Thank you for another incredible season of sporting enjoyment from the Philadelphia Phillies, as well as for the gift of the game and for inspiring my own passion for it’s enjoyment over the years as both a spectator and a participant. Thank you for getting to experience the thrill of the Phillies winning two World Series titles in my lifetime, and watching them compete in three others. Bless their organization with continued success, and we fans with continued opportunities to enjoy their play.

Thank you for the gifts that you have given me to express myself, both verbally and in writing. These gifts have allowed me opportunities that would not have come along otherwise. Opportunities to serve my community as a police officer, and to serve police officers and others as a teacher. The opportunity to express my feelings on issues of importance here at my website. And now the opportunity to express your Word as a lector for my parish.

Thank you for the meal that I am going to enjoy with some of my family members this particular Thanksgiving Day. For the turkey and stuffing and vegetables and trimmings. For the warm, happy home in which we will enjoy that feast. For the people with whom we will share that meal. And thank you for all of the meals that I am privileged to share throughout the year with all of my loved ones at every opportunity.

Thank you, God. Thank you for my life and for the people in that life. For all of the family members, friends, co-workers, acquaintances, priests, teachers, service providers. My one prayer this Thanksgiving Day is that every one of them, particularly those who intentionally turn away from you, or who do not fully understand or accept the sacrifice of Christ, that their hearts and minds and souls may be opened to the full measure of your love, forgiveness, and grace.

Reflections on the Fourth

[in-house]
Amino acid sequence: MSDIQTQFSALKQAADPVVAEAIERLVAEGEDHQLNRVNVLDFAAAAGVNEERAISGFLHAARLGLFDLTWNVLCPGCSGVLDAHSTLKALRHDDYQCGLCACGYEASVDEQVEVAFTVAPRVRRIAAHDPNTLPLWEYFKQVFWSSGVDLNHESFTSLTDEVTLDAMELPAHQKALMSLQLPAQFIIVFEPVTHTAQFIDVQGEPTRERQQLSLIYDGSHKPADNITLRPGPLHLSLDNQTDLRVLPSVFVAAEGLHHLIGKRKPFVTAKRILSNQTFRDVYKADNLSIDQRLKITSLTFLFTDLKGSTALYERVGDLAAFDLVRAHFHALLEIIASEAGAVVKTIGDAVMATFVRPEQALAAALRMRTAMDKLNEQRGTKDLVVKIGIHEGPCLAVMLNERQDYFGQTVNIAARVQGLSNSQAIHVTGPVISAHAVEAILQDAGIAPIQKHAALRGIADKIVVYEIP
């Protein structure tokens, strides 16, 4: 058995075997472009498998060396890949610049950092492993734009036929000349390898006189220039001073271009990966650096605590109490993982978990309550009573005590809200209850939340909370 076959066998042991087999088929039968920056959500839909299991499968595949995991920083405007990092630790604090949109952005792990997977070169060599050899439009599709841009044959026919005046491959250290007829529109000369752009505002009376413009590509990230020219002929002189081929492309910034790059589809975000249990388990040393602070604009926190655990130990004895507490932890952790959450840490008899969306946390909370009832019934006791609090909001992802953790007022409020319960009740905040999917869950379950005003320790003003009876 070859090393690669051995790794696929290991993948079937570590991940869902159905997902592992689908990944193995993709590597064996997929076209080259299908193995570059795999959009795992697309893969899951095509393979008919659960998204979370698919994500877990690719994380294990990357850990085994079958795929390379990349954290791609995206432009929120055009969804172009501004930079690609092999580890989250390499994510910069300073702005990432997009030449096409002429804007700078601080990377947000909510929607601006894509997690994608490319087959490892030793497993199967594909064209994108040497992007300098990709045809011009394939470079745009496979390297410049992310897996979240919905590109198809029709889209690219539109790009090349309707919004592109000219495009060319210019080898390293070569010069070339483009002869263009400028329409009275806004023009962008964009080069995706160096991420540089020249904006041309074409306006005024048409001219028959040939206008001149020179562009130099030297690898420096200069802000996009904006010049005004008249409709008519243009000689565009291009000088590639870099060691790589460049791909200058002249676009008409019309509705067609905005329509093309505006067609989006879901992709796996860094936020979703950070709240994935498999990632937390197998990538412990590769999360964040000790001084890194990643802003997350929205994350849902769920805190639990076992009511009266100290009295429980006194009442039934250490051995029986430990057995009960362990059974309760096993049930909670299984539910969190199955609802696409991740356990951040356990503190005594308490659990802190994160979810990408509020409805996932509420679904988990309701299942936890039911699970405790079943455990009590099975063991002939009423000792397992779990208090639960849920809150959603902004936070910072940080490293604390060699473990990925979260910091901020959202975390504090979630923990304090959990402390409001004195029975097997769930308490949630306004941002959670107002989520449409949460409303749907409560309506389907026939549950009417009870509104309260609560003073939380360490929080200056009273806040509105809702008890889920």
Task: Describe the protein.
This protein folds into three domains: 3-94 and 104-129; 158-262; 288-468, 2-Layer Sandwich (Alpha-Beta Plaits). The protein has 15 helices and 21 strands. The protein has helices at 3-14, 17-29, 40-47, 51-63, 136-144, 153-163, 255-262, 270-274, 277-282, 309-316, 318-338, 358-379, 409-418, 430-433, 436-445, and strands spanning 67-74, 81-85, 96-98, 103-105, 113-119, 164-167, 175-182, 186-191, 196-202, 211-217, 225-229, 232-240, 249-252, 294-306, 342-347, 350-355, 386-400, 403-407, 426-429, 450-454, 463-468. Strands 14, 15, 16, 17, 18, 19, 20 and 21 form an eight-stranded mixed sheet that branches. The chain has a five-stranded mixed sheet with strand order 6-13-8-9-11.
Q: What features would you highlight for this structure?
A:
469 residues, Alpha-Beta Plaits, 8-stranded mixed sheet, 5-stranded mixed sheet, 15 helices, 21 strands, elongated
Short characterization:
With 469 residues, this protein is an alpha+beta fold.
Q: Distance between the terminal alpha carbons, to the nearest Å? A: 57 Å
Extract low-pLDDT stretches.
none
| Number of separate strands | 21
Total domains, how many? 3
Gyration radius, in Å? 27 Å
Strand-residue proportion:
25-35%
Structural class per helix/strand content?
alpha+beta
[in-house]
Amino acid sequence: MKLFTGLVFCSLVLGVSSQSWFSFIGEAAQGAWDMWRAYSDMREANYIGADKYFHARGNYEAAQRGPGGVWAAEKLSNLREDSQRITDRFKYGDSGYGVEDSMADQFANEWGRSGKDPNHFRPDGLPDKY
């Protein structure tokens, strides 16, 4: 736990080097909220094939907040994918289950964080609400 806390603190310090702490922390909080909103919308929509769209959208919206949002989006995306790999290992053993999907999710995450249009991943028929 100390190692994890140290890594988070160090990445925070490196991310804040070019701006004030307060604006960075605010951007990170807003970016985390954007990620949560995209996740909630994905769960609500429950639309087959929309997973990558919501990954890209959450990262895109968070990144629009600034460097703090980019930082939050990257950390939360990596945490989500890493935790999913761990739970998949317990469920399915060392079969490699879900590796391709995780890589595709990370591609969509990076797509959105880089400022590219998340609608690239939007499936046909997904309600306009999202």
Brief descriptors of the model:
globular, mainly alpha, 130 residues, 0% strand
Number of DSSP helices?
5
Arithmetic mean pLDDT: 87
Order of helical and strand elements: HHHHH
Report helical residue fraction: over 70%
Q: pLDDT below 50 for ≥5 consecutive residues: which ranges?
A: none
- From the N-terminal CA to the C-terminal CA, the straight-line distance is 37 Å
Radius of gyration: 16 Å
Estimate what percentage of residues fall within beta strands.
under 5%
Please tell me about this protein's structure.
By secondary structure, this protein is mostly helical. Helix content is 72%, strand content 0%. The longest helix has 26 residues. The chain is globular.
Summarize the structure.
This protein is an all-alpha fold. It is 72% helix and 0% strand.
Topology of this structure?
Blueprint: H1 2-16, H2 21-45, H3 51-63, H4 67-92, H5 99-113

Over this past weekend our country celebrated it’s 233rd birthday. We the people of the United States of America celebrated in a variety of ways.

Many flocked to the beaches along our coastlines. Even more celebrated with family or community barbecue cookouts during the day, followed by fireworks displays at night. Our family was no different.

No matter how we celebrated the day, the vast majority of Americans did indeed celebrate in some way. The reasons that we celebrated were many. Some would say that for many, like Christmas, the true meaning of Independence Day has become lost on most people. I don’t believe that is so.

As most Americans know and celebrate, Independence Day (or the ‘Fourth of July’) celebrates that date that the young American colonies declared their independence from the British crown back in 1776. Thus the massive display of the American flag, and of people incorporating the American colors of red, white, and blue into their wardrobes this weekend.

John Adams himself declared: “The second day of July, 1776, will be the most memorable epoch in the history of America. I am apt to believe that it will be celebrated by succeeding generations as the great anniversary festival. It ought to be commemorated as the day of deliverance, by solemn acts of devotion to God Almighty. It ought to be solemnized with pomp and parade, with shows, games, sports, guns, bells, bonfires, and illuminations, from one end of this continent to the other, from this time forward forever more.”